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Discussion Starter #1
My car is in the shop right now getting a full rebuild and while they were turning the motor through they noticed the valves were contacting the pistons. The block is coded D4DE ('74 Mav 302), the crank is a 1M, the connecting rods are C3OE (faily certain that's what I saw), and I'm pretty sure the pistons are stock. Before the rebuild, it had 65 coded 289 heads but don't have the cam specs (assuming stock). Motor ran fine with no issues. The new cam and top end is this: https://www.summitracing.com/parts/edl-2027/

Cam specs: Intake duration: 204 Degrees • Exhaust duration: 214 Degrees • Intake lift: .448” • Exhaust lift: .472” • Lobe separation: 112 Degree • Intake Center Line: 107 Degree • Vacuum: 16”

The kit is designed to be bolted directly to a stock pre-roller 289-302 short block. Any thoughts on what the issue may be? I'll get more specs from the shop as to what exactly is going on and they're going to dig in a bit more, but wanted to see what some possiblities may be. Thanks for the help.
 

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Xj, what makes you think the valves are hitting the pistons ? has the engine been disassembled again ? what pistons were used ? what timing set was used ? As ******* asked, are we sure cam timing was correct ? That cam is not large by any description, which would make me think either the wrong pistons were chosen, the wrong crank was used, or the timing chain is a tooth off. LSG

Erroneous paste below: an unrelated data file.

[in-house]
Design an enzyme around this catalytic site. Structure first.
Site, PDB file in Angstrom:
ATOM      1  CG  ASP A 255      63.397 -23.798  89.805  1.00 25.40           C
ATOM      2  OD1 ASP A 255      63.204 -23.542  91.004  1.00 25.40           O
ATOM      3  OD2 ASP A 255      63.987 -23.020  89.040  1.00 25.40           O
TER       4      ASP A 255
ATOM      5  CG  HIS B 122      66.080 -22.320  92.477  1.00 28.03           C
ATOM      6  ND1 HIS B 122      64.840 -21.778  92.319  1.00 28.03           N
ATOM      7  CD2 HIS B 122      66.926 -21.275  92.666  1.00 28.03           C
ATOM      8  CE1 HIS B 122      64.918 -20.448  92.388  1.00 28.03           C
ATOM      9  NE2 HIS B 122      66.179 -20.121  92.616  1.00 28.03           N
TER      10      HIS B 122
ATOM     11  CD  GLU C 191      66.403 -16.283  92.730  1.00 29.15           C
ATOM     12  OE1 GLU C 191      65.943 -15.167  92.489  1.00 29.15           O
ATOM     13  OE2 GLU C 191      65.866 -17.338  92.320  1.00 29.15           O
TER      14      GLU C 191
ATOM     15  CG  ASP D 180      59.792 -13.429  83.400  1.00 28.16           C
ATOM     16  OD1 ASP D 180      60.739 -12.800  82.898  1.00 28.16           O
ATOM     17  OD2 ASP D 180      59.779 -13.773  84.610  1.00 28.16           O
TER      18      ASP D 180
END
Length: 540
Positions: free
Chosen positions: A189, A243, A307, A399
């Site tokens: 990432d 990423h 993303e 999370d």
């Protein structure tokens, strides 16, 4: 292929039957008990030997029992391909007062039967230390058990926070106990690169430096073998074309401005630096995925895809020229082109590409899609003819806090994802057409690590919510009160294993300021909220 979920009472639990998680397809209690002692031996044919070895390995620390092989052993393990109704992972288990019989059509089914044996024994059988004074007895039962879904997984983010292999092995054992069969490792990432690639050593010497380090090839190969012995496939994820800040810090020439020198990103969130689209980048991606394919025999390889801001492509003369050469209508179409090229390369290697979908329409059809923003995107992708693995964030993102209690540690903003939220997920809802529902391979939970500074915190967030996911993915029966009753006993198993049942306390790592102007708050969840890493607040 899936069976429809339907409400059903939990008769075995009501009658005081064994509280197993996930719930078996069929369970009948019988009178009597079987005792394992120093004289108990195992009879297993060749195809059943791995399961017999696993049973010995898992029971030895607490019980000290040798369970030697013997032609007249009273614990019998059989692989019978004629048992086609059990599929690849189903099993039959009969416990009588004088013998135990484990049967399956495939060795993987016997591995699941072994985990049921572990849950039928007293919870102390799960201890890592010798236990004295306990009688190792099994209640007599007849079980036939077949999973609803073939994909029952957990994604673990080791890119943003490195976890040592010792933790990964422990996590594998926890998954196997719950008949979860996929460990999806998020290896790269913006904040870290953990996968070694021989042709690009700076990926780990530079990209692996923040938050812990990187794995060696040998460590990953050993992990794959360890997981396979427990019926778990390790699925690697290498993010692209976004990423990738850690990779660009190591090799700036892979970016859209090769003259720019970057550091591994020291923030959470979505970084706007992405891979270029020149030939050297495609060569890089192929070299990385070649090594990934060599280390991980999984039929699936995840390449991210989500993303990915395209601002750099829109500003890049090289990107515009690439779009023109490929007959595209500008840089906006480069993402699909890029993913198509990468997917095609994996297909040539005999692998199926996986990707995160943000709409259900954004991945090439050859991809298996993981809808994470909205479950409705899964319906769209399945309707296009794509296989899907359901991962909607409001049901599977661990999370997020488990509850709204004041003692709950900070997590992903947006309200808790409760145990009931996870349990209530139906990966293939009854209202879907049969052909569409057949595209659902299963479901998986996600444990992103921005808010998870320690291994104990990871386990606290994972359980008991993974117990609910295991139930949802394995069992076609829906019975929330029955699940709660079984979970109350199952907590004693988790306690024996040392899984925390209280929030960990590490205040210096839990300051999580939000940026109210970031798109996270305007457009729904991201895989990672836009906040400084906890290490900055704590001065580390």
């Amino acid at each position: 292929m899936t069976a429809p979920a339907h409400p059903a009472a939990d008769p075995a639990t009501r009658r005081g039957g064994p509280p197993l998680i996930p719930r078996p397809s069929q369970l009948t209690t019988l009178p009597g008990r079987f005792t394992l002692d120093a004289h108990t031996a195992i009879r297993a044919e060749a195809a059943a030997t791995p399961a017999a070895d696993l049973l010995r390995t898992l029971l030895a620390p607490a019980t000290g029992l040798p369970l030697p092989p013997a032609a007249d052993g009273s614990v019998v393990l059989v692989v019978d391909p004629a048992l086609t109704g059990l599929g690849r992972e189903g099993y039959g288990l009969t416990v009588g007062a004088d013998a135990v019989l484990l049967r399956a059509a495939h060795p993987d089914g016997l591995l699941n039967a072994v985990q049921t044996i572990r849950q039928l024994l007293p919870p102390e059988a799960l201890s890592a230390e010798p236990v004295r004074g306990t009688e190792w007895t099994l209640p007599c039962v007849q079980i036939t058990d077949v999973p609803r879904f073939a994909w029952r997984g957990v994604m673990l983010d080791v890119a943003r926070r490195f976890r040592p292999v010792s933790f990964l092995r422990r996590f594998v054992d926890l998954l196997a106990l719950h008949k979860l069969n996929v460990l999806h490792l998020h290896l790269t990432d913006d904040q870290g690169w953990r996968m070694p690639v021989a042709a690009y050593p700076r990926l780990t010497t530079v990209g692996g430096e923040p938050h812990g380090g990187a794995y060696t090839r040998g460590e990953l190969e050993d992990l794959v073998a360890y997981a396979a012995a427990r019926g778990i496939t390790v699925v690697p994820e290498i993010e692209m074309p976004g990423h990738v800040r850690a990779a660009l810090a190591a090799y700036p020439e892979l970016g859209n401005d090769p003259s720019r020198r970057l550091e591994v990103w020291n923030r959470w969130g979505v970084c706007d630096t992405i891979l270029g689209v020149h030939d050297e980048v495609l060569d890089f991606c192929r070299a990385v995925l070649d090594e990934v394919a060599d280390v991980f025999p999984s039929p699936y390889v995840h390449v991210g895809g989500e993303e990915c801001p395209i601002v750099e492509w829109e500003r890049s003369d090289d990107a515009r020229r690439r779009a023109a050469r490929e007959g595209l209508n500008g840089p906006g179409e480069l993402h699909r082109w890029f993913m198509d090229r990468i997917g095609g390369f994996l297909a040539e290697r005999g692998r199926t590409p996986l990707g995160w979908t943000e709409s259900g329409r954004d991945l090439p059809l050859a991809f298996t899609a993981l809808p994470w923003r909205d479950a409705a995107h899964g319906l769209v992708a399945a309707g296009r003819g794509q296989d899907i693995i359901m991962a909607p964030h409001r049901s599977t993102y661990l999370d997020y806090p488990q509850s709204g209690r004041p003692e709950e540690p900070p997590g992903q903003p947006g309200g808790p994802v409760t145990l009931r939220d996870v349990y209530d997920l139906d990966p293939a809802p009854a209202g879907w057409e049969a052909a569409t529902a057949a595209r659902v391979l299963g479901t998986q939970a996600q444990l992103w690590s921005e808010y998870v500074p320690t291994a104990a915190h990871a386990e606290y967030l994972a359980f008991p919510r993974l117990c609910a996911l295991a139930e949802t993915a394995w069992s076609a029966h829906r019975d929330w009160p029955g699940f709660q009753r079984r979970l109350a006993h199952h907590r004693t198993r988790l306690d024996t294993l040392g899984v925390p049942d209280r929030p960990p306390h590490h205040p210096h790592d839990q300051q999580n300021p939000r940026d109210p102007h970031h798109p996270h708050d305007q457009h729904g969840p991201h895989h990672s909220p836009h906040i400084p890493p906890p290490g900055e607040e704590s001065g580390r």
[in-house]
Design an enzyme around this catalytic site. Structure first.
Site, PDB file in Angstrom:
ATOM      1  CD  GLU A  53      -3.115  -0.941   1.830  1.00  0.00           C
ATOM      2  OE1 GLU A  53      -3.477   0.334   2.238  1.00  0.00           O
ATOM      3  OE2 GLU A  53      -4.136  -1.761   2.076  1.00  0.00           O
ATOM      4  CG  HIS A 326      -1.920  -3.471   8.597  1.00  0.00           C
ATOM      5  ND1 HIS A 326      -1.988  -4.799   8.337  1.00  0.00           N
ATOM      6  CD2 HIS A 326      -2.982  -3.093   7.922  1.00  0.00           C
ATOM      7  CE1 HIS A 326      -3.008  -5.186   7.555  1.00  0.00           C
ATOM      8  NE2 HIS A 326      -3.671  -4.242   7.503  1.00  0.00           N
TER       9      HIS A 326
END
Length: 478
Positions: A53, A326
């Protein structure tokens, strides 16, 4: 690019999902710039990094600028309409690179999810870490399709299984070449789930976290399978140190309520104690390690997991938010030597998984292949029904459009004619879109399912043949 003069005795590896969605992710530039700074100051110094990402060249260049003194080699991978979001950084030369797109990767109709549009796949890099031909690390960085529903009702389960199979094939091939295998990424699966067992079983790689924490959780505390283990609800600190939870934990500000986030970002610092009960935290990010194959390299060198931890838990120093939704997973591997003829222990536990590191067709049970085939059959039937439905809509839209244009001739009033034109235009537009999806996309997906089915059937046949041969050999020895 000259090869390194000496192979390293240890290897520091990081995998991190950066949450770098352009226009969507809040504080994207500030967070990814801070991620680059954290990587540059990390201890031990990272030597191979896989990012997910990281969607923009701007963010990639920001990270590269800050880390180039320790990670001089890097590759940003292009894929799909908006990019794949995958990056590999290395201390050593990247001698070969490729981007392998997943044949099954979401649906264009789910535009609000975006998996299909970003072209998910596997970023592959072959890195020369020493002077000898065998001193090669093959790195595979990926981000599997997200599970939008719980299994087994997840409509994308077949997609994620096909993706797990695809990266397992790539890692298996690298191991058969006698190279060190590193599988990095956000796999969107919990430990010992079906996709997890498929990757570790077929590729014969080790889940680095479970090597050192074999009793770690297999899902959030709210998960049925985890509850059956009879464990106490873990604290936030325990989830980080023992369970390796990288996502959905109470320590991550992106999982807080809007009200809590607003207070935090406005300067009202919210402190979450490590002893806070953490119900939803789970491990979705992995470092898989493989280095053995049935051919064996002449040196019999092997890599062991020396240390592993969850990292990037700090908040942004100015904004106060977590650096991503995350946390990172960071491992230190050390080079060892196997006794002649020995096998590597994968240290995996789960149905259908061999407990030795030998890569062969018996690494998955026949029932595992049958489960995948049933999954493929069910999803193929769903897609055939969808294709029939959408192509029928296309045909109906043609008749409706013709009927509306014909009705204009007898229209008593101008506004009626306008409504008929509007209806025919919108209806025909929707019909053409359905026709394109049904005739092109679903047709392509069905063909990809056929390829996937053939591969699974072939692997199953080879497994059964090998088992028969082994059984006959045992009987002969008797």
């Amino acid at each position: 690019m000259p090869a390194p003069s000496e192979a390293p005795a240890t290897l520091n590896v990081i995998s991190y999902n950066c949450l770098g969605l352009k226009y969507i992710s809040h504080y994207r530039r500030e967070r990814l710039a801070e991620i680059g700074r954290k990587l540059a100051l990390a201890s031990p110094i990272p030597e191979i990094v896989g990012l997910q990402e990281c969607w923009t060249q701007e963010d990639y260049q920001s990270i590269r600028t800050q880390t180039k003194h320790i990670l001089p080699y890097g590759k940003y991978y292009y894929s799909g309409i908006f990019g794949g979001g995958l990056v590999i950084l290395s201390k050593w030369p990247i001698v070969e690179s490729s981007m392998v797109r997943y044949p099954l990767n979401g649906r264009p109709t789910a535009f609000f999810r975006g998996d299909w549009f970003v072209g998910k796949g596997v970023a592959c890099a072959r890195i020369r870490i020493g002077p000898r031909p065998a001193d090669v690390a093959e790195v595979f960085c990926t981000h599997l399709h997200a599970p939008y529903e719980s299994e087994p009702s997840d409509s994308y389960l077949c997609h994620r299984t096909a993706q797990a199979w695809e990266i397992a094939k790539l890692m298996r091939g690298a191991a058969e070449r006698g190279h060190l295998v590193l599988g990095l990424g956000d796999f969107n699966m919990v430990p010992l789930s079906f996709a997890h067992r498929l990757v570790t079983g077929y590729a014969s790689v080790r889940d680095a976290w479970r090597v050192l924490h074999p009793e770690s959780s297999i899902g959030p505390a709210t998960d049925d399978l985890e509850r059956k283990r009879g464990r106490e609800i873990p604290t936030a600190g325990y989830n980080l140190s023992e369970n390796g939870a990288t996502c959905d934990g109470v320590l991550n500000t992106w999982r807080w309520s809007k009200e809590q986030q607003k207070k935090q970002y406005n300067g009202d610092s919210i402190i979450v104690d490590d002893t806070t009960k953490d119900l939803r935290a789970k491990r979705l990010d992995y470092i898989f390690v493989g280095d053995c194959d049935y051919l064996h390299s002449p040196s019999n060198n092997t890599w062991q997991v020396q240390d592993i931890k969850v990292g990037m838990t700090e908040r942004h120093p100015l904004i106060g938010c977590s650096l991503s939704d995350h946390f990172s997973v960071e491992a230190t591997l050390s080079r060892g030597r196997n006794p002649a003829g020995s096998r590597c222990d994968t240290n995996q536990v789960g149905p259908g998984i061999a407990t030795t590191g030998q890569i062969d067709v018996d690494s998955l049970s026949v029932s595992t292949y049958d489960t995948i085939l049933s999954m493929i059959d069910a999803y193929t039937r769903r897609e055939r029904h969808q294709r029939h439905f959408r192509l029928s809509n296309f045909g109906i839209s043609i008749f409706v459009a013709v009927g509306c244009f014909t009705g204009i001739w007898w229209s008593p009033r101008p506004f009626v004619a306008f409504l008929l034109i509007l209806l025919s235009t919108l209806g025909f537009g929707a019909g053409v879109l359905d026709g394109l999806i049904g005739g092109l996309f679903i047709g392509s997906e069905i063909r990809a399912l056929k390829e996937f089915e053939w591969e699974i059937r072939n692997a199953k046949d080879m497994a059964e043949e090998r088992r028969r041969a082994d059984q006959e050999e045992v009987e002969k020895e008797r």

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Hmm, pretty sure some one more knowledgeable then me will speak up. But I thought the 302 needed the 2M crank. So when you say the pistons are stock, is that stock 302 pistons or stock 289 pistons? Since it sounds like you are using 289 Crank and 289 rods in a 302 block and not sure on pistons?
 

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Discussion Starter #5
Well to be honest, this was the brief discussion I had with the shop today and haven't had a chance to follow up. This is what they told me and I know I'm missing some of the details from the conversation (I should've taken notes). It all comes as one top-end kit and I'm assuming my pistons are stock (didn't see any codes on them as the motor was only taken to a short block). The kit is designed for a 289-302 and I have a pretty much stock 289 setup. My estimate is that there was an issue with the original block and all the contents were moved to this newer, later block.
 

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Check it with a borescope. How many miles on it since the engine was put together. Don't think it would last too long if they are. If they really are hitting, rocker arm ratio off?
 

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SO many variables, deck height, head thickness, head gasket thickness, piston type, pushrod length, valve timing, valves themselves. SOmeone needs to go back to basic principles. These motors and cars are like archeological digs. Its hard to know what someone else did in the past. Heads get milled to raise Compression Ratio, deck blocks, decide to use chevy valves to increase what ever and I even met a machinest that offset grinds a stock crank when he rebuilds it to get a tiny stroke advantage - people do lots of interesting things and the wrong combination... Personally, if there is an impact issue, head removal and clay is the only way I would feel comfortable solvign the problem.